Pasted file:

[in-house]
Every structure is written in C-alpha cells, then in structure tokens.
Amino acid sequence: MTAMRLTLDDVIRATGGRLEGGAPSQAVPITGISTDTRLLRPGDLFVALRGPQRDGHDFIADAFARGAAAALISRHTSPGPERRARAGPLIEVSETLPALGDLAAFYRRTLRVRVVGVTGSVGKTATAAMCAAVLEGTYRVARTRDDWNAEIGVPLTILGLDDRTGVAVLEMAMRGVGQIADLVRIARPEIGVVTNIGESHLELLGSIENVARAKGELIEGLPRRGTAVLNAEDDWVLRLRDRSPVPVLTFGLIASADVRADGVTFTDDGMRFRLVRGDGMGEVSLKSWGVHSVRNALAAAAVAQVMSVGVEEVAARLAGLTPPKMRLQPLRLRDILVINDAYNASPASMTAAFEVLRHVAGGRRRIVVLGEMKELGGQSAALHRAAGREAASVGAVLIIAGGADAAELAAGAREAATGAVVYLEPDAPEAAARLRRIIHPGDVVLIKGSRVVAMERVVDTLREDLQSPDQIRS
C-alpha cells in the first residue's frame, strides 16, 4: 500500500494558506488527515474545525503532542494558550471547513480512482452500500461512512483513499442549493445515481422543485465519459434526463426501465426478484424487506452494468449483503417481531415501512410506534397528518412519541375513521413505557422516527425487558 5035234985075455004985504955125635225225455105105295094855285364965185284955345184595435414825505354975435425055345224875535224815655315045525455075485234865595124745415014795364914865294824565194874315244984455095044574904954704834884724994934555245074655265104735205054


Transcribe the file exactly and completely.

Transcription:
[in-house]
Every structure is written in C-alpha cells, then in structure tokens.
Amino acid sequence: MTAMRLTLDDVIRATGGRLEGGAPSQAVPITGISTDTRLLRPGDLFVALRGPQRDGHDFIADAFARGAAAALISRHTSPGPERRARAGPLIEVSETLPALGDLAAFYRRTLRVRVVGVTGSVGKTATAAMCAAVLEGTYRVARTRDDWNAEIGVPLTILGLDDRTGVAVLEMAMRGVGQIADLVRIARPEIGVVTNIGESHLELLGSIENVARAKGELIEGLPRRGTAVLNAEDDWVLRLRDRSPVPVLTFGLIASADVRADGVTFTDDGMRFRLVRGDGMGEVSLKSWGVHSVRNALAAAAVAQVMSVGVEEVAARLAGLTPPKMRLQPLRLRDILVINDAYNASPASMTAAFEVLRHVAGGRRRIVVLGEMKELGGQSAALHRAAGREAASVGAVLIIAGGADAAELAAGAREAATGAVVYLEPDAPEAAARLRRIIHPGDVVLIKGSRVVAMERVVDTLREDLQSPDQIRS
C-alpha cells in the first residue's frame, strides 16, 4: 500500500494558506488527515474545525503532542494558550471547513480512482452500500461512512483513499442549493445515481422543485465519459434526463426501465426478484424487506452494468449483503417481531415501512410506534397528518412519541375513521413505557422516527425487558 5035234985075455004985504955125635225225455105105295094855285364965185284955345184595435414825505354975435425055345224875535224815655315045525455075485234865595124745415014795364914865294824565194874315244984455095044574904954704834884724994934555245074655265104735205054